Battle with Legal Aid forces Algonquin mother to pay for son’s Gladue report in Ottawa

Kenneth Jackson
APTN National News
OTTAWAWith time running out and feeling insulted, an Algonquin mother in Ottawa has taken it upon herself to ensure her son gets a Gladue report written before his sentencing next month for armed robbery.

The mother has begun fundraising the money needed to pay for a private company to write the report in Ottawa because she said she never heard from the Ontario government’s writer in Nation’s capital since Justice Ann Alder ordered one for her 16-year-old son on Feb. 5.

Her son’s sentencing hearing is scheduled for Mar. 23.

“I don’t know what he’s doing but it takes a few seconds to just pick up the phone, dial a number and leave a message,” said the mother who APTN National News can’t identify because her son is a young offender.

She’s referring to Chad Kicknosway, a writer employed through Aboriginal Legal Services Toronto (ALST) who is funded by Legal Aid Ontario.

“I gave (Kicknosway) a call and he has not called me yet. Sentencing is coming up and I don’t think he’ll have the time to interview everyone and write the report. I want a good report for my son,” she said.

Instead of waiting, she decided Wednesday evening to start fundraising in her home community of Lac Simon First Nation in Quebec.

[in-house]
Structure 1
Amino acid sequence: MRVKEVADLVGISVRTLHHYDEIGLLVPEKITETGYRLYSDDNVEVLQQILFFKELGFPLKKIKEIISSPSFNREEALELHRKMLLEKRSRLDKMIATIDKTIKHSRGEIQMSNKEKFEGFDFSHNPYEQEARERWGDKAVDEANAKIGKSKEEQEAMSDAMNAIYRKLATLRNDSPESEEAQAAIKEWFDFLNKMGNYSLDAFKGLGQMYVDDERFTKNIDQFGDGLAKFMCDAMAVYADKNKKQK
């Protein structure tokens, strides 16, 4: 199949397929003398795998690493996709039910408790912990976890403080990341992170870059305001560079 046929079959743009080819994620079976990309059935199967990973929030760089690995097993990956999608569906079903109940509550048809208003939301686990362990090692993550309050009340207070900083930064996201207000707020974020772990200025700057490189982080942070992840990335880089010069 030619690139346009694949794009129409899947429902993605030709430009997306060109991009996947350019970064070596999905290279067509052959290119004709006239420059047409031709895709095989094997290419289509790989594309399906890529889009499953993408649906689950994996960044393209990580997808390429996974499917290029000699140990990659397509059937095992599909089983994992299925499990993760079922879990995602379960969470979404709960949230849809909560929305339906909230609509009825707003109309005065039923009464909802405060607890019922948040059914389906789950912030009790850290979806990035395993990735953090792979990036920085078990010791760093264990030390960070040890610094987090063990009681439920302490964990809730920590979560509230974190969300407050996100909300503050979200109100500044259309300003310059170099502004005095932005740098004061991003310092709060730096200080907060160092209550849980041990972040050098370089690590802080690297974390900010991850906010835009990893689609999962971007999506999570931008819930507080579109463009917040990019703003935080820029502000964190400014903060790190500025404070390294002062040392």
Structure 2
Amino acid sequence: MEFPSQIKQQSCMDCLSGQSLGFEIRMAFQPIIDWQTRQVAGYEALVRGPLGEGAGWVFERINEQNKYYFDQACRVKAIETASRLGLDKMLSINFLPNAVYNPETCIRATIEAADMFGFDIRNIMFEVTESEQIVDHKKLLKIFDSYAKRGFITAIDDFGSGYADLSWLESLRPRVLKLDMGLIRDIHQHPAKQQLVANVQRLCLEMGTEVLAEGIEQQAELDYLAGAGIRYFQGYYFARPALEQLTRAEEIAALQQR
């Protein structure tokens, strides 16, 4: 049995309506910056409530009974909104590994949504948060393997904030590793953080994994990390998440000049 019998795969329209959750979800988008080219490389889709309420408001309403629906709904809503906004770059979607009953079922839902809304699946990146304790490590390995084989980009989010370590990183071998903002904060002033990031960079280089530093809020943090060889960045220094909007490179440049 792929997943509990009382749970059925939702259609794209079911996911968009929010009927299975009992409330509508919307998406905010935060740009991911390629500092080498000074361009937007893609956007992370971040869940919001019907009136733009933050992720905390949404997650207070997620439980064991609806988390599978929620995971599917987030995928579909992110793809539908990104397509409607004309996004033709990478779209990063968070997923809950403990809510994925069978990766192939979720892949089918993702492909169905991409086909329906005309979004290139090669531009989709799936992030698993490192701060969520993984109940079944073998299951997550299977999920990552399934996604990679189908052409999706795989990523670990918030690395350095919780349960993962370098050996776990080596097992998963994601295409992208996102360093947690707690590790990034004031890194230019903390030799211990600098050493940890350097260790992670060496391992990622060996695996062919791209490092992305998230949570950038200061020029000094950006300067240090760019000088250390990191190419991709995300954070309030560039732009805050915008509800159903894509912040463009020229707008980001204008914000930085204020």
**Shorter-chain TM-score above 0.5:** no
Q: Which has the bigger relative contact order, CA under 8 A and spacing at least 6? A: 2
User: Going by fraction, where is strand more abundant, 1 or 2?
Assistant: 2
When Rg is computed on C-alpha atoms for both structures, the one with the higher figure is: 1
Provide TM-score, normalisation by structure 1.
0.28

She’s hired IndiGenius, a company in Ottawa that has been writing Gladue reports for about seven months and earned the praise of judges and lawyers.

A Gladue report examines an offenders history, such as where they came from, what they have been through and basically what may have led to them to the courts. They’re known as the Gladue principles. Often judges learn of trauma due to colonization and residential schools. The Supreme Court of Canada ruled in 1999 that judges must apply the principles and look for alternatives to incarceration at sentencing.

It was a matter of luck but several months ago when her son was first appearing in court IndiGenius co-founder Mark Marsolais was there too and met the mom and son.

“Mark has been there from the very beginning. He cares and I know he can get the report my son needs,” said the mom, adding she tried to go with IndiGenius from the get-go but was told she had to go with Kicknosway.

It turns out the mother and son found themselves in the middle of a behind-the-scenes battle with Legal Aid and IndiGenius, a private company that writes Gladue reports.

Legal Aid had been funding IndiGenius since the summer but slowly began shutting the door on using the private company. That’s because last fall it commissioned ALST to provide a Gladue writer in Ottawa as part of an increase in funding across the province to provide more Gladue reports.

ALST, led by Jonathan Rudin, has been a leader in writing Gladue reports in Ontario for more than a decade.

APTN tried to reach Kicknosway for more than a week with no success.

A spokeswoman for Legal Aid said he works out of the Wabano Health Centre but the receptionist there not only didn’t have a number for him but didn’t know who he was. He’s supposed to have been working there since September.

The mother went to Wabano this week looking for him and left a letter saying she didn’t want to wait any longer and wanted IndiGenius to do the report.

APTN reached out to his superior at ALST who said Kicknosway wouldn’t be commenting.